I hit send on a tweet in my hotel room at the Park Hyatt St. Kitts just before heading to the beach to unwind after leaving my job. Like millions of Americans nationwide, I joined the so-called “Great Resignation” to rest for a while after more than a year covering the pandemic’s impact on the travel industry.
I had no idea the tweet would spark larger conversations about salary transparency and equity at work.
I wanted whoever applied to my old job as the Senior Travel Reporter at The Points Guy, a travel media website, to know what they should request: at least a $115,000 base salary. (I was making $107,000 when I left the job, but I started as a writer in 2019 making $82,000.) For candidates who weren’t as familiar with negotiating a salary, I also mentioned that I’d received a signing bonus of $5,000 and a relocation bonus — two perks that were incredibly useful when I moved from Washington, D.C., to Brooklyn in the summer of 2019.
I chose to tweet it to my then 14,000 followers just in case a potential applicant saw the role but didn’t feel comfortable reaching out to me for salary advice, as asking a complete stranger what they were paid is, at best, awkward.
I didn’t expect the tweet to go as far as it did, even though I’d tweeted it out to my thousands of followers. I debated even sending out the tweet as I’d resolved earlier this year to be less online in 2022.
But wage gaps persist for people of color and women — in journalism and across the job market — and keeping salaries a secret doesn’t help anyone but employers. In fact, it gives companies ample opportunity to take advantage of applicants just looking for their next gig. (The listing for my previous job at The Points Guy — the company prefers at least five years’ experience as a reporter for the role — has a salary range of $60,000-$90,000 for the mid- to senior-level position.)
The travel media and points and miles spaces I’ve spent the last few years in are tight-knit communities. We see each other at the same press events and media happy hours. But, unless a colleague specifically asks, the topic of pay doesn’t generally come up over hors d’oeuvres. I’ve been guilty of this, too, preferring to keep my salary to myself in fear that it could be considered impolite or gloating.
In some ways, the response has been a shock to me. I’ve been accused of “complaining” about my old job by some and hailed as a “queen” for choosing to publicly disclose my salary to the world by others. But the overwhelming number of reactions got me thinking: Why is talking about money considered impolite? Why is the money we make a secret? And why, in journalism, a profession devoted to transparency as I noted in the Twitter thread, is sharing your salary so taboo? The more information we share, the harder it will be for employers to lowball offers.
Journalists in and outside of travel media trying to negotiate their salaries are often at the mercy of platforms like Glassdoor, Google searches like “How much do travel writers make?” or informal whisper networks.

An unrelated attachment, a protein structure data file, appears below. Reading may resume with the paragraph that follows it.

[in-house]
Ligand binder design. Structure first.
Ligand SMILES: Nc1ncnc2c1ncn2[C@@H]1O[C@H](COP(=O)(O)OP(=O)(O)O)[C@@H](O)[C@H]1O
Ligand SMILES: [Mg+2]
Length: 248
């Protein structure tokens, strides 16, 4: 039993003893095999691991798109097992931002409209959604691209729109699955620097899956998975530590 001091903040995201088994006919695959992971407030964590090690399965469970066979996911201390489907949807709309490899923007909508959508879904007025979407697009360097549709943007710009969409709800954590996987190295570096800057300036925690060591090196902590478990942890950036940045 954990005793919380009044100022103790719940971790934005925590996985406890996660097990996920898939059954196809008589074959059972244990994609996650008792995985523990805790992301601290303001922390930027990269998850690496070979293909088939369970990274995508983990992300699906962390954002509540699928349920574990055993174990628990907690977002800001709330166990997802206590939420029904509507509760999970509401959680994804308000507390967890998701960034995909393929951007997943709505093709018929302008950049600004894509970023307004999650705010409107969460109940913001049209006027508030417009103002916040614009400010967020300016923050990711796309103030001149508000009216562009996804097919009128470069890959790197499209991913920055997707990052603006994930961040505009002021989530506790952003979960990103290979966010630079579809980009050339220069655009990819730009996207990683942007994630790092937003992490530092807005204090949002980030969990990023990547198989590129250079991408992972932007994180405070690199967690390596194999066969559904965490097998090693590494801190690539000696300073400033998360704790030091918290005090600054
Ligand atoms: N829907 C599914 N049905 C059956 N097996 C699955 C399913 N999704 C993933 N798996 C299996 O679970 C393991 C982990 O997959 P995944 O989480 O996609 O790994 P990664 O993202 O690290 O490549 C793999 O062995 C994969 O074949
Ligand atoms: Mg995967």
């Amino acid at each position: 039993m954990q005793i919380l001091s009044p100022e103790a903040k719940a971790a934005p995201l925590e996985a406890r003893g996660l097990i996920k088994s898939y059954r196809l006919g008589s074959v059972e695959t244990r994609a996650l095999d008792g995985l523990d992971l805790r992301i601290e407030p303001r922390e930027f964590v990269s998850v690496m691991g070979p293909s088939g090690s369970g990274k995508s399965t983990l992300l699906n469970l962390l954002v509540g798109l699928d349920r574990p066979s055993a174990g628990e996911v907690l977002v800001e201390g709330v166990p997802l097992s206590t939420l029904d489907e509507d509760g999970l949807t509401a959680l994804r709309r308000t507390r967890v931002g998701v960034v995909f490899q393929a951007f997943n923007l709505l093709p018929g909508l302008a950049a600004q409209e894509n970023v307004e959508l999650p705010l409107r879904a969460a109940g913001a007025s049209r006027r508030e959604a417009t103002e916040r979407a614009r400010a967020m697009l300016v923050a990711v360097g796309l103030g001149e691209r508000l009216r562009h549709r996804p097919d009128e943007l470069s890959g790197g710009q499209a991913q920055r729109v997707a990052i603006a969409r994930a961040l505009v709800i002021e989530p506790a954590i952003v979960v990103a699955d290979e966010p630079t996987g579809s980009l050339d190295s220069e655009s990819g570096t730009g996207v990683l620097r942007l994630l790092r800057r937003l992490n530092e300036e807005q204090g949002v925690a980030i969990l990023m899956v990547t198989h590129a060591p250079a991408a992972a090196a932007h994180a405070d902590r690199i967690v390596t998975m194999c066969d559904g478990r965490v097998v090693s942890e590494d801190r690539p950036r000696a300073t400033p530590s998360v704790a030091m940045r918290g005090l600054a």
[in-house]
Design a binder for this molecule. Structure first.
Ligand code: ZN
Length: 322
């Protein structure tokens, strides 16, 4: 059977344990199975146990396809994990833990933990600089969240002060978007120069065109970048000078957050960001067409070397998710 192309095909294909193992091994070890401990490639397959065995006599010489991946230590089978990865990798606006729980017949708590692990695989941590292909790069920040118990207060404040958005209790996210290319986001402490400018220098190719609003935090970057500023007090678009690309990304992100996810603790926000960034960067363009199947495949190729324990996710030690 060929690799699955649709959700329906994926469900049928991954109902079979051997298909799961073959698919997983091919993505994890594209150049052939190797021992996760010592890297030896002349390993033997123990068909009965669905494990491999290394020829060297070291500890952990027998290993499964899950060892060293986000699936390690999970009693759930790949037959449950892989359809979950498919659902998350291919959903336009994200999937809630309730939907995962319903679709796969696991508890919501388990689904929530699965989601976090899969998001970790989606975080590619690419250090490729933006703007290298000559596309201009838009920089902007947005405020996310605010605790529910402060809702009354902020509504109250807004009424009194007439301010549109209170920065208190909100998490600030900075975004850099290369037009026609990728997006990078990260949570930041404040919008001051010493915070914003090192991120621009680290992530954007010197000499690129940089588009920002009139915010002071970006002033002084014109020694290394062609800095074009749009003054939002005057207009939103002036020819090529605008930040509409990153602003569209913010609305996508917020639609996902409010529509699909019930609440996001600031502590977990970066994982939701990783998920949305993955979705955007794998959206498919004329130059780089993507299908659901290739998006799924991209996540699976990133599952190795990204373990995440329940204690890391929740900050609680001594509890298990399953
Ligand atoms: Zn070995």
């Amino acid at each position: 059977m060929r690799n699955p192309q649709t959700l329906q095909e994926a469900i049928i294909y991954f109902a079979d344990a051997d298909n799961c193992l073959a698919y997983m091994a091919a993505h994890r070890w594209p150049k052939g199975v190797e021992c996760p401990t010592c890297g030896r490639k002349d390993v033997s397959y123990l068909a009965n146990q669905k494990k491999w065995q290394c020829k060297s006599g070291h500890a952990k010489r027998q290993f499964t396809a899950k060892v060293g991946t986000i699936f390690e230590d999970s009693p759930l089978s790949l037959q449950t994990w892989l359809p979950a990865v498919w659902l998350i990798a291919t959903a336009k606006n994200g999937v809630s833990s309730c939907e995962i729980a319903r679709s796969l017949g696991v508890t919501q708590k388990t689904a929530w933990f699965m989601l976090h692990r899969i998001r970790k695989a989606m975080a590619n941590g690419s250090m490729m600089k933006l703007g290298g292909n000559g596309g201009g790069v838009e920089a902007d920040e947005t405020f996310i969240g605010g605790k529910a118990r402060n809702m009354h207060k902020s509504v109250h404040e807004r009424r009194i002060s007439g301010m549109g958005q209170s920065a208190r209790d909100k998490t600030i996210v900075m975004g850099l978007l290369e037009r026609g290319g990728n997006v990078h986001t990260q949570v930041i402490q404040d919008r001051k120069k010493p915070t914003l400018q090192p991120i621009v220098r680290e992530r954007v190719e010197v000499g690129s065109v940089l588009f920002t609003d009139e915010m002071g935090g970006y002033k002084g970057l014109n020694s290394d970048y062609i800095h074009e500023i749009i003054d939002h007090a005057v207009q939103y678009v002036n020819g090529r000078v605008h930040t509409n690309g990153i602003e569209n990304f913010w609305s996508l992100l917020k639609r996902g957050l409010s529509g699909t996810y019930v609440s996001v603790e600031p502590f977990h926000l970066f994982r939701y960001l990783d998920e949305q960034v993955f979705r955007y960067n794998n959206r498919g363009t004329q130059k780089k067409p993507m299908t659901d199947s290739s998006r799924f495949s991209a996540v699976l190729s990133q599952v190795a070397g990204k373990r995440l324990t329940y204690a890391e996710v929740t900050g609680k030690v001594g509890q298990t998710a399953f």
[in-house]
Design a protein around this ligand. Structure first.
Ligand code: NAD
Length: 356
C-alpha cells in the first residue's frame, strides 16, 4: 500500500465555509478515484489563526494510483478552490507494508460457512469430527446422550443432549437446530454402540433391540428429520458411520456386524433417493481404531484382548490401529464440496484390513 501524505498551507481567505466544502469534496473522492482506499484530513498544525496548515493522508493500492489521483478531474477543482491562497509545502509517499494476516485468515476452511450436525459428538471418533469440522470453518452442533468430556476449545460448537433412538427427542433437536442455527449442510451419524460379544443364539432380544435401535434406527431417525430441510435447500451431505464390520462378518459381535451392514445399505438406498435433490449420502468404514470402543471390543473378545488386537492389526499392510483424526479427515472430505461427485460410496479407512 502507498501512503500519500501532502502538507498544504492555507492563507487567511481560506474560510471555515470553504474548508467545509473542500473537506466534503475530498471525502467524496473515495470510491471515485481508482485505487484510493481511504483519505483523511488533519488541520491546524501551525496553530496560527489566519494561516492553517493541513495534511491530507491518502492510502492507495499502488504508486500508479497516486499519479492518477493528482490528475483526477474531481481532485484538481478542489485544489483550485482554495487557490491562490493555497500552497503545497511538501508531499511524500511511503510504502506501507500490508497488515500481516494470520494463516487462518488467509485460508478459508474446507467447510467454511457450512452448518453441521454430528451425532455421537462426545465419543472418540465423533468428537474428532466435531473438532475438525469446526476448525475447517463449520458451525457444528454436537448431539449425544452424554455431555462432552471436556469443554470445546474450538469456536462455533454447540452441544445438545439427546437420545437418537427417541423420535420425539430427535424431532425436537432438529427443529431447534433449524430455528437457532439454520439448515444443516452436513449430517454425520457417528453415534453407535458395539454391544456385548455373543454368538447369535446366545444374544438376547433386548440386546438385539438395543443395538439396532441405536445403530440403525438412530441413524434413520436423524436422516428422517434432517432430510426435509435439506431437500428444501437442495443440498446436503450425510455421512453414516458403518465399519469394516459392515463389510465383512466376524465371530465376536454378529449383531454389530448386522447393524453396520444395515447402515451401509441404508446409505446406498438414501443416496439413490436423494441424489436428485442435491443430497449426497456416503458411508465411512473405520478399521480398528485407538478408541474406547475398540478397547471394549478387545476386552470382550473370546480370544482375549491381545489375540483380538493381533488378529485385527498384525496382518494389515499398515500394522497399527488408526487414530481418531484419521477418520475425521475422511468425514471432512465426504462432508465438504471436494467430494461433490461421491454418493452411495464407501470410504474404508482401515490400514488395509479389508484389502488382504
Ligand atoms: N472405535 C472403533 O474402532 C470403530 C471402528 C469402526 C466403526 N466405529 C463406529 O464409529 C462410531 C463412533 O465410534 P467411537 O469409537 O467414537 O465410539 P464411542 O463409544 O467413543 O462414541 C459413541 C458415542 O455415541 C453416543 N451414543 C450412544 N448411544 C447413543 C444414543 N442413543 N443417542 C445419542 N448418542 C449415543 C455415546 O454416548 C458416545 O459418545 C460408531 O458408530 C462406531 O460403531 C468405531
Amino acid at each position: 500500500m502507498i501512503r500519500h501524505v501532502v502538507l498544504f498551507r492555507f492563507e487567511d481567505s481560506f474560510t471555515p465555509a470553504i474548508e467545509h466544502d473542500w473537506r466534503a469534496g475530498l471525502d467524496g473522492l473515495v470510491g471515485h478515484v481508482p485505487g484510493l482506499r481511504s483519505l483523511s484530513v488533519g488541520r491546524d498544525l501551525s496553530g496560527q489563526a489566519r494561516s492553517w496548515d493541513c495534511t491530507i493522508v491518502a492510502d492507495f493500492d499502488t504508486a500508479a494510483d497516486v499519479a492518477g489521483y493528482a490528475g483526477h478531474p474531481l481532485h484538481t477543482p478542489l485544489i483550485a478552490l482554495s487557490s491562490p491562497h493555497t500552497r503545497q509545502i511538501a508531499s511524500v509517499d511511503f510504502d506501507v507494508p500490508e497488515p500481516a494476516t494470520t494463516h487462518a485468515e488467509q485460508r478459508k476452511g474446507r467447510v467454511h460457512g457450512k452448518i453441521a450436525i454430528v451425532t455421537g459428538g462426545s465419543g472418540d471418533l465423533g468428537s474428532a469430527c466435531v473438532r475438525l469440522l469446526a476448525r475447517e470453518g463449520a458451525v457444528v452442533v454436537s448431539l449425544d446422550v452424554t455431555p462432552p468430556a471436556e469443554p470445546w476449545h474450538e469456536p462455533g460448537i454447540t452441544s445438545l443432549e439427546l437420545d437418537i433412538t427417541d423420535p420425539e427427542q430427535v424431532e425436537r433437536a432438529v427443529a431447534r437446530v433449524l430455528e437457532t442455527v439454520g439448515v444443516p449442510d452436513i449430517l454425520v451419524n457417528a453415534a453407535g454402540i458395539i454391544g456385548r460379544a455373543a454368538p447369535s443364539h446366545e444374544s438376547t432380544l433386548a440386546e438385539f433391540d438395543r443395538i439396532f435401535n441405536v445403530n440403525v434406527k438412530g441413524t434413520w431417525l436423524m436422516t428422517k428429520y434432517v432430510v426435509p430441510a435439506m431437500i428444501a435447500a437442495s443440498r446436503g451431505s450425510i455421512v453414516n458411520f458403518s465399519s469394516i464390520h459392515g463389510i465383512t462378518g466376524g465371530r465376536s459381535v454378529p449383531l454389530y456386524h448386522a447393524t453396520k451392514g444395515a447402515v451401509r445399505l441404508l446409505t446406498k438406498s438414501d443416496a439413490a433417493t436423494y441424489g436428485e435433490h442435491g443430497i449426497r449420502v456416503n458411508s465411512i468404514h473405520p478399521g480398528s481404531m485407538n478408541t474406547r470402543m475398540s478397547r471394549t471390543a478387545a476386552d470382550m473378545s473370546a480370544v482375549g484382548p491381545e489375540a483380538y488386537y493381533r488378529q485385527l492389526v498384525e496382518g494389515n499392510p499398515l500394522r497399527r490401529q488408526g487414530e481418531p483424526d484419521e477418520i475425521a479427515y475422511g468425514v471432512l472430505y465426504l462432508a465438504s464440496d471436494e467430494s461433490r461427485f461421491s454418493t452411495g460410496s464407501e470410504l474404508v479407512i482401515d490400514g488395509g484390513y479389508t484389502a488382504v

Travel writers make an average of $73,250 per year, according to figures from the recruiting website ZipRecruiter.com. The average increases slightly to $82,154 in New York City, where I live. Since the tweet, a handful of fellow travel writers reached out to me, expressing shock that the profession could pay in the six-figure range, as many travel publications rely heavily on freelance writers to fill their magazines and websites. I knew my salary was seen as an anomaly even before I left, but it was confirmed when several writer friends told me they hadn’t cracked that number at all during their careers.
My reasons for sharing my $107,000 yearly salary were pretty simple: I wanted the next person in the role to ask for (and hopefully get) what they deserved in compensation and in other benefits. Tweeting out my salary is also a way of holding up my end of the bargain to try and make travel and media covering the industry more equitable. In the summer of 2020, travel, like many industries, faced a much-needed reckoning about race, diversity, and inclusion. With starting salaries so low that some early-career journalists apply for food stamps to make ends meet, it’s really difficult for people who don’t have family money to fall back on to break into the industry.
That is especially true for women and journalists of color. For instance, a 2019 pay study from the Washington Post Newspaper Guild found that employees of color were paid less than white men, even when their salaries were controlled for job description and age. Sharing salary information isn’t the only thing that has to happen to reduce pay gaps, but it will go a long way to exposing the inequities at play.
The tweet prompted other journalists to share their salary histories publicly, but as one user noticed, most of the responses were from other women and people of color. By keeping salary histories a secret, women, people of color, and younger journalists suffer the consequences, and it’s harder for them to achieve parity down the line. My hope is that other non-marginalized groups share their pay with their coworkers.
I didn’t intend to start a discussion. Still, if it forces companies to be more transparent about salary floors and not waste potential candidates’ time, then I’d do it again in a heartbeat. I’m glad choosing to share my salary publicly sparked conversations about transparency in the workplace. However, I’ll be even happier when it results in some meaningful action — and that sharing your salary publicly isn’t such a radical idea.